Re-creating the world of Jane Austen just over three years ago in the unlikely surrounds of North Shields’ 1970s library was one of the more successful events to be staged at the venue.
Young actor Oliver Ashworth, playing Mr Darcy from Pride and Prejudice, appeared fully clothed in the fashion of the times and enticed a packed female audience by gradually removing each item of dress while its function was explained.
But immediately outside the glass and concrete library is a scene with which Mr Darcy would have been entirely familiar.
For Northumberland Square, which the library borders, is the most complete Georgian square on Tyneside.
Indeed, according to a new report, it is the nearest example Tyneside has to the celebrated Georgian squares of London, Bath, Edinburgh and Dublin.
Work began on Northumberland Square in 1810, just three years before Pride and Prejudice appeared.
It predates Grainger Town in Newcastle and, with Howard Street which forms the main approach to the square, was a flagship development of the “new town” of North Shields.
A 17th Century map shows the town crowded along the riverfront, with the land above devoid of buildings.
But in 1763, building began on land owned by the Reverend Thomas Dockwray, vicar of Stamfordham in Northumberland.
Dockwray Square was the first development of the ‘top town’ and lasted for 150 years before being demolished in 1960.
Howard Street, with its listed buildings by architect John Dobson followed, so called from the family name of the landowner the Earl of Carlisle.
Unlike Dockrway Square, Northumberland Square has survived, although was forced to battle it out with 1960s and 1970s concrete creations around its edges.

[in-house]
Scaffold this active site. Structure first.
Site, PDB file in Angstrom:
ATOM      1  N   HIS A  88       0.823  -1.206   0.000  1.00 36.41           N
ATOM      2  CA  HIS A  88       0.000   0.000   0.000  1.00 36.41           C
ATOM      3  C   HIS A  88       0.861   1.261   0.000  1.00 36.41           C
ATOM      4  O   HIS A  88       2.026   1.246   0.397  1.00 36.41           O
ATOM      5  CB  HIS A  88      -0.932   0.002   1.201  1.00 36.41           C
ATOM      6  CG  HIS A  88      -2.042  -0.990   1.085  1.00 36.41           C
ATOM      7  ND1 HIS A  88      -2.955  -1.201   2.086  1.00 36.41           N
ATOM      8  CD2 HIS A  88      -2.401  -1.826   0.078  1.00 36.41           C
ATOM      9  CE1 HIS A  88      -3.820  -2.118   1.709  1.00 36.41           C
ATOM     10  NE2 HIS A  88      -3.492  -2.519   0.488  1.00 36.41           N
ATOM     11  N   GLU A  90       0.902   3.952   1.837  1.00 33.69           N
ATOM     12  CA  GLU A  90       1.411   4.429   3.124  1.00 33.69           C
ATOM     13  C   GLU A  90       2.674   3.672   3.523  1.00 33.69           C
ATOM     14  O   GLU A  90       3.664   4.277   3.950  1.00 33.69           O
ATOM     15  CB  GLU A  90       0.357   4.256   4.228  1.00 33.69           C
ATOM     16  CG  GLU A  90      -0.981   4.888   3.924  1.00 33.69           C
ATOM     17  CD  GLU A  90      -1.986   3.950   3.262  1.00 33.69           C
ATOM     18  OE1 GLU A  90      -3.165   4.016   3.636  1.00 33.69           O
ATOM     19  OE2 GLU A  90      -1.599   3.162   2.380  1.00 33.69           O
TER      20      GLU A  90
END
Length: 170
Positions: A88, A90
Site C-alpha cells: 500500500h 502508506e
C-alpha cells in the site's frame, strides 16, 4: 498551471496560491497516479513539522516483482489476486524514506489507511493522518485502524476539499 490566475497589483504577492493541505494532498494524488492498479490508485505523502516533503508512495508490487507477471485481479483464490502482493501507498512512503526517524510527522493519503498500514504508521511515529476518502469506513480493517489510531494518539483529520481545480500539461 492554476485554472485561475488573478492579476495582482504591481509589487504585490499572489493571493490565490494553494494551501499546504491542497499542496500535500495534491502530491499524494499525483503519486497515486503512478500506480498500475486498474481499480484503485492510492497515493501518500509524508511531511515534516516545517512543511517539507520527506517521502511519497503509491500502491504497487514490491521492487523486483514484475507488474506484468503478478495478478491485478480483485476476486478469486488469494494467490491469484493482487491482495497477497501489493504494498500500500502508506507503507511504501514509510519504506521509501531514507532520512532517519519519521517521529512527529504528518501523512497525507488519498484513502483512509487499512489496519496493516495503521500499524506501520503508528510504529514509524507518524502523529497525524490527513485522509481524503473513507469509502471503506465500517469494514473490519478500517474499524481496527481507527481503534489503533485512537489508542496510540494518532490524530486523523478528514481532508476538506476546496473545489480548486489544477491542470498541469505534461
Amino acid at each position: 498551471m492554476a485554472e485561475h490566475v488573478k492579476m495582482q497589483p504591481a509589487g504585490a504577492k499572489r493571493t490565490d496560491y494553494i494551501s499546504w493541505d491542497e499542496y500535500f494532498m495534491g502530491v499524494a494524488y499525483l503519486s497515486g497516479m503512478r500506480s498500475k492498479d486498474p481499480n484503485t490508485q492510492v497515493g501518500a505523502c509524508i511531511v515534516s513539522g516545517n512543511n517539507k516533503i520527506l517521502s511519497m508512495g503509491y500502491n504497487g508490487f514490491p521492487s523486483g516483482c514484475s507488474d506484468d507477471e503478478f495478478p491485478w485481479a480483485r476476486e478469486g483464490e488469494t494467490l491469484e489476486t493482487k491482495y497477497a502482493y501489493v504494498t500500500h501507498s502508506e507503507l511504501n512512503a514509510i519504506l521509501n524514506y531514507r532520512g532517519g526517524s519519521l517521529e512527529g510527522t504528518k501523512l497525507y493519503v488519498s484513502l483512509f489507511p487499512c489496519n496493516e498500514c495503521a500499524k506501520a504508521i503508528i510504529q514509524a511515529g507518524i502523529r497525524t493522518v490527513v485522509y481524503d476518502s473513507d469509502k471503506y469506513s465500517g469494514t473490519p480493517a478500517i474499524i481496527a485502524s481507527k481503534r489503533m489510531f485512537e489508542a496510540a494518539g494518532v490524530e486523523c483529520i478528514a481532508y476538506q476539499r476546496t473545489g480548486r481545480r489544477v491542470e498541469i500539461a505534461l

A character appraisal of the Northumberland Square conservation area has been carried out by North Tyneside Council and its partner Capita.
Such an exercise is key to any future approach for heritage funding for restoration works in the conservation area.
With development hampered by a railway tunnel running under the southern fringe of the site, the southwest of the square was not complete until the building of the 1970s library.
The appraisal describes the library as “ particularly unfortunate. Its bulk does squat, rather unkindly, in the corner of the square and its materials and design are uncompromising.”
Around the fringes of the square, says the appraisal, “there has been considerable 20th Century development, much of it undistinguished and visually over-dominant.”
An example is nearby Stephenson House. “This intrusive five-storey flat-roofed office block is a typically ill-mannered late 20th Century intrusion which pays little attention to its surroundings.”
From the same time bracket, the adjoining Unicorn House and Northumbria House offices and the “overwhelming” Beacon shopping centre also come in for criticism. “Such buildings do not respect the area of which they are part,” said the appraisal.
Around the square, what had been front gardens for each property have now become blank forecourts.
The green space at the centre of the square was originally gardens which served as a place of ornamental walks for use by residents of the adjoining grand terraces.
Despite losing original features, “the central gardens of the square are a rare tract of large green space in the town centre and should be prized,” the appraisal continues. It goes on: “The grandness and status of the area’s layout and many of its buildings create a prestigious feel to the place, of an urban quarter of considerable status, which has slipped from grand civic to jaded municipal over time.”
However, in 2012, the new Friends of Northumberland Square began improvements by installing an interpretation board on the site.
Graham Sword, council senior manager for planning, building control and public protection, said: “The square is an important example of a Georgian set-piece development which is relatively still intact.”